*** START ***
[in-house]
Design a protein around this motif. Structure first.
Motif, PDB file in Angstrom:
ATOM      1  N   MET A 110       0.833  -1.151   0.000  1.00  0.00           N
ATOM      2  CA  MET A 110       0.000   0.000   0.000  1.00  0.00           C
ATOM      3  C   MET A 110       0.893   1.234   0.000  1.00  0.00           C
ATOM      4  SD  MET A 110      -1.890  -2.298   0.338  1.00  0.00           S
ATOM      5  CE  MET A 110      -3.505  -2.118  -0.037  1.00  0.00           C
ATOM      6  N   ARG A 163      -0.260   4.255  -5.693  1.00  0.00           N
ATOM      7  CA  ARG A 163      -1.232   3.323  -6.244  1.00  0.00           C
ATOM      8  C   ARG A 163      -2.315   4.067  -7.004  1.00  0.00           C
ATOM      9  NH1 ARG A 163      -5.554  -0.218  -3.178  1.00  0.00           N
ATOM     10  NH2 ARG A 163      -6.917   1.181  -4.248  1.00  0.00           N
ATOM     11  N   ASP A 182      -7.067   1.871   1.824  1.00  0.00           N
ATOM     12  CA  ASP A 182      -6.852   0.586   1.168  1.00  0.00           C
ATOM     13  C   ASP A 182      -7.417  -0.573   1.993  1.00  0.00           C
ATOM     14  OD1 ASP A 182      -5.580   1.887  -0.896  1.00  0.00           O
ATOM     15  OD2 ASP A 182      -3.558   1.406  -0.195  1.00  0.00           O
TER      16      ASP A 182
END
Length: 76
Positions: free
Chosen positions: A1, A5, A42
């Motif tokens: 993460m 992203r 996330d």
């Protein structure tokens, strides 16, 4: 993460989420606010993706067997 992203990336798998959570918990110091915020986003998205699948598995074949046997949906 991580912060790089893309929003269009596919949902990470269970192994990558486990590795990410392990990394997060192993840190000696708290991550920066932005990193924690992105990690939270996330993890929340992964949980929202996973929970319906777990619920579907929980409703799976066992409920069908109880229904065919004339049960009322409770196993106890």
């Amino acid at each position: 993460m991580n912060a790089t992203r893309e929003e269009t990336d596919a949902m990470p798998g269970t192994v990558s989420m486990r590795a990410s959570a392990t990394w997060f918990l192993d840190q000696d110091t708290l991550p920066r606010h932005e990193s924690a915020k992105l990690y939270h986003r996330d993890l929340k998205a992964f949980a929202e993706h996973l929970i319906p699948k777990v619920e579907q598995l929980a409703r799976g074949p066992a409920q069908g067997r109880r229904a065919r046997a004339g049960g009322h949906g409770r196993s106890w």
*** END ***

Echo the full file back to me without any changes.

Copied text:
[in-house]
Design a protein around this motif. Structure first.
Motif, PDB file in Angstrom:
ATOM      1  N   MET A 110       0.833  -1.151   0.000  1.00  0.00           N
ATOM      2  CA  MET A 110       0.000   0.000   0.000  1.00  0.00           C
ATOM      3  C   MET A 110       0.893   1.234   0.000  1.00  0.00           C
ATOM      4  SD  MET A 110      -1.890  -2.298   0.338  1.00  0.00           S
ATOM      5  CE  MET A 110      -3.505  -2.118  -0.037  1.00  0.00           C
ATOM      6  N   ARG A 163      -0.260   4.255  -5.693  1.00  0.00           N
ATOM      7  CA  ARG A 163      -1.232   3.323  -6.244  1.00  0.00           C
ATOM      8  C   ARG A 163      -2.315   4.067  -7.004  1.00  0.00           C
ATOM      9  NH1 ARG A 163      -5.554  -0.218  -3.178  1.00  0.00           N
ATOM     10  NH2 ARG A 163      -6.917   1.181  -4.248  1.00  0.00           N
ATOM     11  N   ASP A 182      -7.067   1.871   1.824  1.00  0.00           N
ATOM     12  CA  ASP A 182      -6.852   0.586   1.168  1.00  0.00           C
ATOM     13  C   ASP A 182      -7.417  -0.573   1.993  1.00  0.00           C
ATOM     14  OD1 ASP A 182      -5.580   1.887  -0.896  1.00  0.00           O
ATOM     15  OD2 ASP A 182      -3.558   1.406  -0.195  1.00  0.00           O
TER      16      ASP A 182
END
Length: 76
Positions: free
Chosen positions: A1, A5, A42
């Motif tokens: 993460m 992203r 996330d």
């Protein structure tokens, strides 16, 4: 993460989420606010993706067997 992203990336798998959570918990110091915020986003998205699948598995074949046997949906 991580912060790089893309929003269009596919949902990470269970192994990558486990590795990410392990990394997060192993840190000696708290991550920066932005990193924690992105990690939270996330993890929340992964949980929202996973929970319906777990619920579907929980409703799976066992409920069908109880229904065919004339049960009322409770196993106890």
């Amino acid at each position: 993460m991580n912060a790089t992203r893309e929003e269009t990336d596919a949902m990470p798998g269970t192994v990558s989420m486990r590795a990410s959570a392990t990394w997060f918990l192993d840190q000696d110091t708290l991550p920066r606010h932005e990193s924690a915020k992105l990690y939270h986003r996330d993890l929340k998205a992964f949980a929202e993706h996973l929970i319906p699948k777990v619920e579907q598995l929980a409703r799976g074949p066992a409920q069908g067997r109880r229904a065919r046997a004339g049960g009322h949906g409770r196993s106890w």